December 31, 2010

Today On Bilerico: A Canadian Soldier Sends Greetings To His Husband

A Facebook friend linked me to a video posted on the Toronto Star website, one of a series of videos from soldiers sending greetings back home. This soldier wished "happy holidays" to his husband, family, and friends. When will we see this in American media?

Posted also on Bilerico.

December 26, 2010

Hope In Small Things

Barbara King quotes from Here Is Where We Meet by John Berger:

Berger creates a conversation between a son and the dead mother who reappears to him as he stands atop an aqueduct in Lisbon.

The mother says, “Let a few things be repaired. A few is a lot. One thing repaired changes a thousand others.” The son replies, “So?” And out flows a maternal speech:

"The dog down there is on too short a chain. Change it, lengthen it. Then he’ll be able to reach the shade, and he’ll lie down and he’ll stop barking. And the silence will remind the mother she wanted a canary in a cage in the kitchen. And when the canary sings, she’ll do more ironing. And the father’s shoulders in a freshly ironed shirt will ache less when he goes to work. And so when he comes home he’ll sometimes joke, like he used to, with his teenage daughter. And the daughter will change her mind and decide, just this once, to bring her lover home one evening. And on another evening, the father will propose to the young man that they go fishing together… Who in the wide world knows? Just lengthen the chain."

In this season of peace, may you lengthen a dog’s chain. And then see what happens.


This is why we keep trying, doing small things. Ripples in the pond. Breezes in the atmosphere. Hope in small things.

Thanks to Andrew Sullivan.

December 17, 2010

I'm Still Alive

...and busier than ever. I have things I wish I could write, and I've sat down a few times to try. I'm just too tired to put together anything salient. So this placeholder will have to do.

In my mostly part-time work, I have two or three projects to do a month. This fall I've had two or three projects a week in November and December. Of course, December is the biggest month of the year, project-wise. But I've been scrambling for seven weeks straight. It's not the stuff of posts: giving campaigns, special events, pageantry, even teaching a couple of adult classes at their request.

That adult class was interesting, though, because they asked for a repeat after the first one. They had asked the preteen class to tell them what they want from their parents to help them succeed in this world. The kids responded, I made a sort of "Glee-"like presentation out of it, and gave the adults questions to discuss with the kids. It seems they weren't done when class was over, and they asked me to do it all again so they could keep talking. We gave them the DVD of the presentation, and this time I added a few things I could not say while kids are present. They were hungry to hear it all.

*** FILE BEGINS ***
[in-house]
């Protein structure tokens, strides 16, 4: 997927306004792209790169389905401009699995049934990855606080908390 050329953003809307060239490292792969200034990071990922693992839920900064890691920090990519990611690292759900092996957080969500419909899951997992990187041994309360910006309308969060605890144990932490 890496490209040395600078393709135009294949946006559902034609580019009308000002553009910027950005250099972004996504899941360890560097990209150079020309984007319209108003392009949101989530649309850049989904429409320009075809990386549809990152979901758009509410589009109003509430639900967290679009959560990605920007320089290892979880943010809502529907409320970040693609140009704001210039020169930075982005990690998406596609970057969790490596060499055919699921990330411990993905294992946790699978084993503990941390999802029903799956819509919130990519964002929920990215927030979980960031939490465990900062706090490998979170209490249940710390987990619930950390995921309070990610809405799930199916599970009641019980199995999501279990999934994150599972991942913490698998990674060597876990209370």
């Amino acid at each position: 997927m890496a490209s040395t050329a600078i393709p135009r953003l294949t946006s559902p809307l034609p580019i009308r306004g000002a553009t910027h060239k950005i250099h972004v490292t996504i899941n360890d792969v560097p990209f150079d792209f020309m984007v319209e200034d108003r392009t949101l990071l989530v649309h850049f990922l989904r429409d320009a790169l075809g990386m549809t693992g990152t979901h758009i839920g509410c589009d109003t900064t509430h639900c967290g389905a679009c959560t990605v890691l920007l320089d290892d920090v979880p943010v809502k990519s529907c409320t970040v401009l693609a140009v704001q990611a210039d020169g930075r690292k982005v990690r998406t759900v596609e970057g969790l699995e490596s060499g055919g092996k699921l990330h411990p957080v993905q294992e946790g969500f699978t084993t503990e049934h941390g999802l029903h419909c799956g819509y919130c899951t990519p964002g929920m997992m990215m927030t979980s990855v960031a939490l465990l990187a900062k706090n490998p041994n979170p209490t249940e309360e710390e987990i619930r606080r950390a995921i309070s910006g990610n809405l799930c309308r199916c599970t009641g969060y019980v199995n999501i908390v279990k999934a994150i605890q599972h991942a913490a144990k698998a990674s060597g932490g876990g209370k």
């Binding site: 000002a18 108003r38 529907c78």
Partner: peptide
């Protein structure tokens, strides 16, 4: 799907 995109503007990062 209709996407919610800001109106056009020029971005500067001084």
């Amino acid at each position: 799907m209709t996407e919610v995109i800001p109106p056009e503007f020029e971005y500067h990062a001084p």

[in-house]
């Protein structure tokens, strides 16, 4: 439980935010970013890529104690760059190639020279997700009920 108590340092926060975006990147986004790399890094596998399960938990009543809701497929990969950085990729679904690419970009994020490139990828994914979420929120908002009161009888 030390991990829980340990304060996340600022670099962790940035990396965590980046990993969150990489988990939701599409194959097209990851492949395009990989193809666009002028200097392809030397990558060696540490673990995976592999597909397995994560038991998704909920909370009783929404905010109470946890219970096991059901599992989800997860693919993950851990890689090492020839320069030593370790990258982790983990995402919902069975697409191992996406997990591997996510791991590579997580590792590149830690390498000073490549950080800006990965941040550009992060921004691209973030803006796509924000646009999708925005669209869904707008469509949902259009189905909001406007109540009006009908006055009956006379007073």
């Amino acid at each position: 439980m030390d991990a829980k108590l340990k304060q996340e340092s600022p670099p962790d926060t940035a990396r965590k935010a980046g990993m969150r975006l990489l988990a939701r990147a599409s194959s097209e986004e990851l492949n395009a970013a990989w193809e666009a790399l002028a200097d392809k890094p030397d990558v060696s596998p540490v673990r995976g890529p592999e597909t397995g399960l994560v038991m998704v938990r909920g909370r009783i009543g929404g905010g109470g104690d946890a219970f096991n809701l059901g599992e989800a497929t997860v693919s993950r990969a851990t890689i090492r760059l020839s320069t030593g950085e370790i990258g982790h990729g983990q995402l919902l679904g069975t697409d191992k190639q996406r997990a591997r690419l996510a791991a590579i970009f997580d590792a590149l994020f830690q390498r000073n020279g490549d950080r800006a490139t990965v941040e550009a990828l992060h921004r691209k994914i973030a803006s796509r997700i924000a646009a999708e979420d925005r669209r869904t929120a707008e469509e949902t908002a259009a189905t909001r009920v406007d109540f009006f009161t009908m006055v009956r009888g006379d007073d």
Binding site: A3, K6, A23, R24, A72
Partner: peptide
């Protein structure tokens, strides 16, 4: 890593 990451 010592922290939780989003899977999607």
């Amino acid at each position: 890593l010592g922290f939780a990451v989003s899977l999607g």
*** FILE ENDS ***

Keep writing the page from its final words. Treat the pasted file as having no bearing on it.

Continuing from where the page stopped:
This reminded me of when my kids were much younger and how we and all our friends were desperate for guidance on raising children. Many of us don't have extended family nearby to talk things over. Whenever a children's counselor presented for our group, there were never enough chairs. And yet no one talked if they were having trouble.

It wasn't until Ben sent us reeling* that we were transparent with the struggles we were having. I talked a little bit about that with the adults, and several approached me after class to thank me for being honest. If we don't talk about our difficulties, how are we going to get help? Silence perpetrates the illusion that we are alone in our struggles, when in fact just about everyone is making it up as we go along.

I haven't posted an update about Ben in a long time. He's doing just great; he's been on the high honor roll for four semesters. He apprenticed briefly at our auto mechanic's business and he's working part-time for Little Caesar's Pizza. He is happy, at peace, and in control of his future. He is not a standard student—as he says, he needs time, not help, to do his work—yet he wants to work in software, so he is considering an associate's degree at our community college after he graduates in the spring. This is the same boy who two years ago I feared would never graduate high school. He remains my miracle boy.

Well! It seems I did have something to say, after all. It just wasn't the philosophical subjects I have constantly going through my head. I'll save that for a time when I have more mental energy. Meanwhile, I hope each of you is enjoying the holiday season in whatever way suits you best.

This is a time when many feel lonely. Even if you're one of them—especially if you're one of them—reach out to one individual in a personal way to help them make it through not quite so lonely. Just one. Be gracious, even when others are not. It's how we can shape the world.


*If you're not familiar with that story, click on the "Amazing Grace" link in the right-hand column.

December 6, 2010

Today On Bilerico: Chris Colfer, The Face Of Hope

This image was on PostSecret this week. I think it says volumes about growing acceptance. Glee's writers are changing our culture, and it's wonderful.

December 1, 2010